Wisdom Of A Professional Hunting Guide

How relevant is organized range training to the hunting field? Can matches and classes and other HunterShooter events really help you become a better hunter? The following was sent to me by a retired professional big game guide.

“I was never a famous name guide, but facts are facts and this is what I experienced. I am extremely interested in the idea that hunters should have to “qualify” to get a license, I realize that may seem like an anathema to some but I guided hunting professionally and was so generally disgusted by the pathetic level of marksmanship displayed by a large percentage of my clients I quit.

 

“You are right about the importance of organized shooting. I shoot NRA and CMP Service Rifle. I am not that great a shot, generally in the low “Expert” range, but I shoot these matches for precisely the reasons you push HunterShooter events: Competition and time constraints make you do funny things, unless you know how to handle the pressure (mostly from experience) and the problems that crop up.

 

“I routinely invite friends, buddies, and shooting acquaintances to give matches a try. I always offer the use of a rifle and ammo and gear but have had only two people take me up on it. One was a former High Power shooter, now back into it after his feet were rewet, and the other a complete newbie.

 

“The old saw about ‘can’t hit a target but I never miss my deer’ is pretty old and soggy in my book. I have never taken a competent shot out and had a lousy performance from them in the field. I have taken plenty of ‘good game shots’ out and had them discover that animals move and there is no bench rest handy. What can a guy say after seeing this type of thing over and over?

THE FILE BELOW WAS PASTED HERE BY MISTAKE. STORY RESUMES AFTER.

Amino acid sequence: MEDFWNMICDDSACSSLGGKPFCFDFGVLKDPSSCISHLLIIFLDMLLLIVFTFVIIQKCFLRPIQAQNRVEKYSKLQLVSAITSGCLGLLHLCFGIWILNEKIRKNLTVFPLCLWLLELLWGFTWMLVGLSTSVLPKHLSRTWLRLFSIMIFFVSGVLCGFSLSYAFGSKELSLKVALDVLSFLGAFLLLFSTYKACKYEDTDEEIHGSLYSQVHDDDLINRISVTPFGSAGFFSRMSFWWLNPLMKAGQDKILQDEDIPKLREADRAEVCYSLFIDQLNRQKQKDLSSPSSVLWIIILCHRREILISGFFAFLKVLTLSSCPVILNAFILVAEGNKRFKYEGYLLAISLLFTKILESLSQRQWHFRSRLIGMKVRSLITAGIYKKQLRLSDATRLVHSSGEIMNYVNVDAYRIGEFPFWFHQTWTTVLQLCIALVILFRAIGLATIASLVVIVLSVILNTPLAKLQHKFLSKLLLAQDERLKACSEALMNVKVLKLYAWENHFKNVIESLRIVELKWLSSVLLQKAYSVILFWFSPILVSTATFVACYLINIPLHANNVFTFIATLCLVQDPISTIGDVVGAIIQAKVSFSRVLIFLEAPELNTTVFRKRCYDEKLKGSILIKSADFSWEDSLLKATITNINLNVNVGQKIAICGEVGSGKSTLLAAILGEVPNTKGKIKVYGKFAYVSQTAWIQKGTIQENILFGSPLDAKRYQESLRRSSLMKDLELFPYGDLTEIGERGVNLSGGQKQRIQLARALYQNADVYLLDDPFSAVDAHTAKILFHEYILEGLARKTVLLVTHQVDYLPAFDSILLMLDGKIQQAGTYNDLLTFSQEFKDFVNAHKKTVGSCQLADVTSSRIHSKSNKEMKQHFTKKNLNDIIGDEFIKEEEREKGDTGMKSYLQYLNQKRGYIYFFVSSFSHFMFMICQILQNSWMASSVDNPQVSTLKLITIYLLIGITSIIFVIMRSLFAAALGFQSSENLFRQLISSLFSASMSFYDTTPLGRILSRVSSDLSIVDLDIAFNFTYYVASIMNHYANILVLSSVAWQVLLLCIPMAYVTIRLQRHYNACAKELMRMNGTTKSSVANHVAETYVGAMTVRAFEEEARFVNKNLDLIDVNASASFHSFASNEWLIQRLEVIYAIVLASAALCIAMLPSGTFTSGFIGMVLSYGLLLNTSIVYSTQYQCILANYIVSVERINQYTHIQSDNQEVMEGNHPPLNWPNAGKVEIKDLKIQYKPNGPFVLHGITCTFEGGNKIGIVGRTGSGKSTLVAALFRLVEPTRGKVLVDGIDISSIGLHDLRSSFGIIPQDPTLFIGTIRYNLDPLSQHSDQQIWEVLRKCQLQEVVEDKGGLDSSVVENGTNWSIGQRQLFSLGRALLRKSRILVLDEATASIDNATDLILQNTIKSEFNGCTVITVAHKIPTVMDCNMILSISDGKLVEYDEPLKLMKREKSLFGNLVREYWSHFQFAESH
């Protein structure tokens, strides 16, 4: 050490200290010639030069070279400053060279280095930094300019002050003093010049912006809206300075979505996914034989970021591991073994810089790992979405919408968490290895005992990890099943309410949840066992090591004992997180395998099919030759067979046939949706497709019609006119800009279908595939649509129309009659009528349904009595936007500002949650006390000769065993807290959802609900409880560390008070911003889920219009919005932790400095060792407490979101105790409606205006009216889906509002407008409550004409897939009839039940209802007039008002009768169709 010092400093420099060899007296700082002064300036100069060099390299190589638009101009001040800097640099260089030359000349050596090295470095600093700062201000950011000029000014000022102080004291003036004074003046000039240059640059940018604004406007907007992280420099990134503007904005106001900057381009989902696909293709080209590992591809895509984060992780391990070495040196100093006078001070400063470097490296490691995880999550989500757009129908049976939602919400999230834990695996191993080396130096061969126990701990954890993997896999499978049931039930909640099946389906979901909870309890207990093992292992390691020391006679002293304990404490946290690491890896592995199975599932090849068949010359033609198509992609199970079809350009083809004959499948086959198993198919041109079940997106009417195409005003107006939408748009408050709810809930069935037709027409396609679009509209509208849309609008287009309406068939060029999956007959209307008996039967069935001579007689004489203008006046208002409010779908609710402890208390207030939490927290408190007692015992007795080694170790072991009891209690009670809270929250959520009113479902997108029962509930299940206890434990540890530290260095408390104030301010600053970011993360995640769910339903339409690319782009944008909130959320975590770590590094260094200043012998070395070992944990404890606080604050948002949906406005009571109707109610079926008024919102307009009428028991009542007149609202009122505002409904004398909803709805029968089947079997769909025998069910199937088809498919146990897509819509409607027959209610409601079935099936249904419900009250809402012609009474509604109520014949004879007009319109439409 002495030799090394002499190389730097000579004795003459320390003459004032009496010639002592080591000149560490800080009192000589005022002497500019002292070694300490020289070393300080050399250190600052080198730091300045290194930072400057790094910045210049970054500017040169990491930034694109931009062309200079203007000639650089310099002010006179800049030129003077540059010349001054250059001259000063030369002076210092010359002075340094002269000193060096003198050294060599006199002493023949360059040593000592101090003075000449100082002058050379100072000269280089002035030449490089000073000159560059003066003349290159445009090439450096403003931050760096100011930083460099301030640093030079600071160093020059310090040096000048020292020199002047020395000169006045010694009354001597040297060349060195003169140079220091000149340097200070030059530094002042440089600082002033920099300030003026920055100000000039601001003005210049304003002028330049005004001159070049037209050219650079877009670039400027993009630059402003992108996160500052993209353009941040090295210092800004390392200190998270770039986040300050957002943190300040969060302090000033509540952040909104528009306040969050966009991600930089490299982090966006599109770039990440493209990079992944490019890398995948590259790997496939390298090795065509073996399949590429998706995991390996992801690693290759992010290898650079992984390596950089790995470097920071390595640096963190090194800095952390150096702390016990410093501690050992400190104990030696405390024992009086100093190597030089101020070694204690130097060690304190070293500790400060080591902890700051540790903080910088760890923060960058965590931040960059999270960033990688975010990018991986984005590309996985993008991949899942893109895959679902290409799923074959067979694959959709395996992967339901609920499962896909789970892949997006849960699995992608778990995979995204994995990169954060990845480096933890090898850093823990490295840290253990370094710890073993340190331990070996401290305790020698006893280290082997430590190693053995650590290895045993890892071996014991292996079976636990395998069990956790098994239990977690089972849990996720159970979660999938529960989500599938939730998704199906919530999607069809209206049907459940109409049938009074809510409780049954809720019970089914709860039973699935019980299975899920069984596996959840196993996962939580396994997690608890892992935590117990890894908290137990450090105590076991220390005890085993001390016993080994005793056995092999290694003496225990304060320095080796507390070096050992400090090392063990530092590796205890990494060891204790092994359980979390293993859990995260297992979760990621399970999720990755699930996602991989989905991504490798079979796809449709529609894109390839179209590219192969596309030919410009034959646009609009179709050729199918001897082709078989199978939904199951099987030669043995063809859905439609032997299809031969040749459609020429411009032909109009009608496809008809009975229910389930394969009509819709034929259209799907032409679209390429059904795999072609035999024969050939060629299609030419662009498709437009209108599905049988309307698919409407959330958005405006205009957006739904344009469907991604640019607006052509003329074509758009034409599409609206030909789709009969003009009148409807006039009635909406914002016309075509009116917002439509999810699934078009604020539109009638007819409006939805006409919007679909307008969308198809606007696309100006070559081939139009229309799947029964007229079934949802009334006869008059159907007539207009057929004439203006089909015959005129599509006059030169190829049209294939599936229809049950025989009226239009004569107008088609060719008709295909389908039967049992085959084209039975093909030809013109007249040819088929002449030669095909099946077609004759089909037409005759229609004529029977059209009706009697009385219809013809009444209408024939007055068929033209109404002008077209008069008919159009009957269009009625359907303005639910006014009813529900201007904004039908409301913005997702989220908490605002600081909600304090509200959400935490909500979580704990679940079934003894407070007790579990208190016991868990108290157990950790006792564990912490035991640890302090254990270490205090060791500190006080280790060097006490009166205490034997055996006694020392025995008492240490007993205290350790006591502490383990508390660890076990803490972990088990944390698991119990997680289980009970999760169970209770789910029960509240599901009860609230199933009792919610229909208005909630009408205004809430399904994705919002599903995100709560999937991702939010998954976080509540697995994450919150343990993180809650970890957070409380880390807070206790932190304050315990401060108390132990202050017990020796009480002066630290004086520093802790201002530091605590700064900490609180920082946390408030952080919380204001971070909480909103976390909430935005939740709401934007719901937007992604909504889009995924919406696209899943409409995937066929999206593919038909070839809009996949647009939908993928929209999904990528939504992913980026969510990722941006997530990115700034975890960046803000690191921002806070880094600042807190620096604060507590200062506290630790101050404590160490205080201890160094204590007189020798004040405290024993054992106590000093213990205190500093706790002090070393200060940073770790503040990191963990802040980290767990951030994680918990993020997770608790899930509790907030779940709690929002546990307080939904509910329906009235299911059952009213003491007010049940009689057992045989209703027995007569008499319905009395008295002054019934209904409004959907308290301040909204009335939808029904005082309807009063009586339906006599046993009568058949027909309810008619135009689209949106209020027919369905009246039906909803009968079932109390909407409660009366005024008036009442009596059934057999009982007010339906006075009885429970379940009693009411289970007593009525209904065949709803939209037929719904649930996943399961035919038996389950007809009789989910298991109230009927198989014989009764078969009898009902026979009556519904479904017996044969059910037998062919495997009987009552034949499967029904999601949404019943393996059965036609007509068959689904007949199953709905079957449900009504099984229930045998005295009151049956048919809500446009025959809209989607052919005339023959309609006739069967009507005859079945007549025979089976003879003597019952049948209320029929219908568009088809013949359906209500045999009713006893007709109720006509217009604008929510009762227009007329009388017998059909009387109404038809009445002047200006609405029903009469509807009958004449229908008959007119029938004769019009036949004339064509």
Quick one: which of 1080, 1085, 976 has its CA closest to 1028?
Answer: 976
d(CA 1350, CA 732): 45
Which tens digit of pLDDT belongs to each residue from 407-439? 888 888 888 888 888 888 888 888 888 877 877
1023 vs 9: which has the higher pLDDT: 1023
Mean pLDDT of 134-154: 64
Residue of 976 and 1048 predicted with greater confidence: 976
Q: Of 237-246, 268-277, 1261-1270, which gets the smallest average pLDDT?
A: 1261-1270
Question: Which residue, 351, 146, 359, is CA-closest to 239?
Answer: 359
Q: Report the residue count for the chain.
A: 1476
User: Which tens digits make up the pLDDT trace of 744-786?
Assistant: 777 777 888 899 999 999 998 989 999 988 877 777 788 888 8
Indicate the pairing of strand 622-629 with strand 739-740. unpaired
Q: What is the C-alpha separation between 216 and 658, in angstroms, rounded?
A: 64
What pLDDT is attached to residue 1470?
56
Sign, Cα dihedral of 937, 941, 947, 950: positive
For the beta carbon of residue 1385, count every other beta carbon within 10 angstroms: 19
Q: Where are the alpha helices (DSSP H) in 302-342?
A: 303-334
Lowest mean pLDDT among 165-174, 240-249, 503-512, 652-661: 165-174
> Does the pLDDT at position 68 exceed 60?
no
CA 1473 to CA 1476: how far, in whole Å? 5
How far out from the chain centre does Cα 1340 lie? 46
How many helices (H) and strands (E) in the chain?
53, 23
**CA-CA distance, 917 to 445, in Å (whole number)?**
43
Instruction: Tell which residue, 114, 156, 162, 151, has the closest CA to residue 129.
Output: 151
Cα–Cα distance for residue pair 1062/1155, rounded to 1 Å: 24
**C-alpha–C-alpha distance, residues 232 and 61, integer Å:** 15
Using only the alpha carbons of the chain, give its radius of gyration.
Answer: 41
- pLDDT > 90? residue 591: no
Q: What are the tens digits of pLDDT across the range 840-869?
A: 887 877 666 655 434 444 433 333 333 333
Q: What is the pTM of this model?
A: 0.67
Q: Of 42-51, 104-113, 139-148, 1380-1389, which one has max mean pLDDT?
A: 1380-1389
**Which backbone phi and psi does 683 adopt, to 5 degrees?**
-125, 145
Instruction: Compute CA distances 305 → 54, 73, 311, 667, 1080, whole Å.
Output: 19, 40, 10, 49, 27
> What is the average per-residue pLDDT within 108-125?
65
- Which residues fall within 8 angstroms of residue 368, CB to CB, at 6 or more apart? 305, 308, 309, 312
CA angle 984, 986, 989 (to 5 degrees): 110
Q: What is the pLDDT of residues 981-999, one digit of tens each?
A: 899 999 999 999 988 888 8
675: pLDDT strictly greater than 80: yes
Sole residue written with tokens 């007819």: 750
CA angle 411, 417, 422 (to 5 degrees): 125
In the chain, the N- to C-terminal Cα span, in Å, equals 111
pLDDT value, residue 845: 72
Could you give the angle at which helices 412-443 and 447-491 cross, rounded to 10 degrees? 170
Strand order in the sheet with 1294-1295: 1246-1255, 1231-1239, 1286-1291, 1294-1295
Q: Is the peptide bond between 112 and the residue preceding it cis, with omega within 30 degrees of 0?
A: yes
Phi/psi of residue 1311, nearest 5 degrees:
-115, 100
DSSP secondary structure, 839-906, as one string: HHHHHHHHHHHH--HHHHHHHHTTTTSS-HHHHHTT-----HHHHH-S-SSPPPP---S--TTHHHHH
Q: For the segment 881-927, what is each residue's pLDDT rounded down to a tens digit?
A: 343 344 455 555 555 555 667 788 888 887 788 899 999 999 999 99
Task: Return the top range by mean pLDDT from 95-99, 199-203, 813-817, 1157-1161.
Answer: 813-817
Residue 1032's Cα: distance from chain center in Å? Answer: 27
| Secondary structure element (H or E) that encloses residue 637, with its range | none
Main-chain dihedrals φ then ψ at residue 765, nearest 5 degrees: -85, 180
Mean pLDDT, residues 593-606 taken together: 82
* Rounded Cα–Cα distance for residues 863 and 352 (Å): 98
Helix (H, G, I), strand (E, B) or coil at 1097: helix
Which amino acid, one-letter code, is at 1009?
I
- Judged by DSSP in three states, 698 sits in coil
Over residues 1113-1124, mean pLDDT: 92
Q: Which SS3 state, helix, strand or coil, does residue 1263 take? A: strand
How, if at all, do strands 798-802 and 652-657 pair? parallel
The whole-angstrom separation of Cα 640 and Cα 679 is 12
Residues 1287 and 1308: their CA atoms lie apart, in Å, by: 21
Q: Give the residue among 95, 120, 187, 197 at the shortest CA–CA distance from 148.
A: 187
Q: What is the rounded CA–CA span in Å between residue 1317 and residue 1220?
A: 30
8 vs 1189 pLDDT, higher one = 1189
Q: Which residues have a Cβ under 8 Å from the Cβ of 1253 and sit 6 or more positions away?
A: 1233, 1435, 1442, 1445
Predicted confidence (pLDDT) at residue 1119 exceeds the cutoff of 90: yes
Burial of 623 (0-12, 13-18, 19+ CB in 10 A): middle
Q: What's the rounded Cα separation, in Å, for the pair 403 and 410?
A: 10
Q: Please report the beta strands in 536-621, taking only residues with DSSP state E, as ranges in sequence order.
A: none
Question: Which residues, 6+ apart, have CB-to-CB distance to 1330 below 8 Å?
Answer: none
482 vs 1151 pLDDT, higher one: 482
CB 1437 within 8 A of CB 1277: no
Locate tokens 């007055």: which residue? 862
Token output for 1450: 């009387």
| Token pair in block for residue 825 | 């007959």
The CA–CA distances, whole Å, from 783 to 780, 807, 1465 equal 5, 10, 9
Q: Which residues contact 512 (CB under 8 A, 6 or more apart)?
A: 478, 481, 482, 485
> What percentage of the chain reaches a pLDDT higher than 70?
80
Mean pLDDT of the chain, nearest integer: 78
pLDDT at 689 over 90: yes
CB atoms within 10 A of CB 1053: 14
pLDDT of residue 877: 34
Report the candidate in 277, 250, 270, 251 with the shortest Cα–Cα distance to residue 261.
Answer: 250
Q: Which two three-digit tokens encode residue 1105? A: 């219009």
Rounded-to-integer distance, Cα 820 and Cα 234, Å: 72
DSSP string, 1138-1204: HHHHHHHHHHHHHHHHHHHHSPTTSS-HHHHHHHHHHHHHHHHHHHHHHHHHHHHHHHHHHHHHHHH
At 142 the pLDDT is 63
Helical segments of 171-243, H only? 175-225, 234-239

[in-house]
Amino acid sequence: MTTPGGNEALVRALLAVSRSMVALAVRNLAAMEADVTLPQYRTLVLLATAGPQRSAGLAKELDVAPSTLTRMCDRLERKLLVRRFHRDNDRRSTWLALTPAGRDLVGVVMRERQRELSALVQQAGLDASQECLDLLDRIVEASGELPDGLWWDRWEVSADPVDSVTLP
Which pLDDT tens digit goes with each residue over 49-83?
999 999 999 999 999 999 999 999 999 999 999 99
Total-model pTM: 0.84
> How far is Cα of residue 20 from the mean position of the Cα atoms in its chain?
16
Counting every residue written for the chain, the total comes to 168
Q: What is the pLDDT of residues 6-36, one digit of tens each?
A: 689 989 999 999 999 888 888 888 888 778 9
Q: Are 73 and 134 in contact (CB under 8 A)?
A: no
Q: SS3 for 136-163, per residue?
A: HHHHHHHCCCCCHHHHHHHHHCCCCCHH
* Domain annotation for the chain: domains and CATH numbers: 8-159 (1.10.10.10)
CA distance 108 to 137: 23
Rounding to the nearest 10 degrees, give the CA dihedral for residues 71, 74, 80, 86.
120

“I call this the Rifle Problem. An Elk guide sees client’s gun. If the gun is a .270, .30-06, or similar, everything will probably be OK. If the gun is a .30 Winchester/Weatherby/ Ultra/Super Magnum caliber of any sort, expect trouble. If the gun is a 338 Winchester/Ultramag or especially a 340 Weatherby, expect gross incompetence.

 

“How can I make such generalizations? Experience. For example, .340 Weatherby ammo retails for about $60 for 20 rounds. If your client is going to be half competent with the rifle he or she had better put about 250 to 500 rounds through it before hunting season. If they don’t reload that means 250 rounds equals $750 and 500 rounds represents the price of the rifle at retail.  So, either your client’s got some bucks (and hopefully you get a big tip) or that half shot-up box of ammo he brought with him came with the rifle.

 

“I always preferred guiding prairie goats because to me it was like chess. Outthink and be where they WILL be with your hunter set up and ready. I’d have fellows set up for a 75 to 125 yard shot and most would guess it as 200 yards or more. Never let a client shoot over 200 because you don’t have enough hours in the day to chase the cripples.”

 

Read more in our November 2011 issue. Back issues are available.

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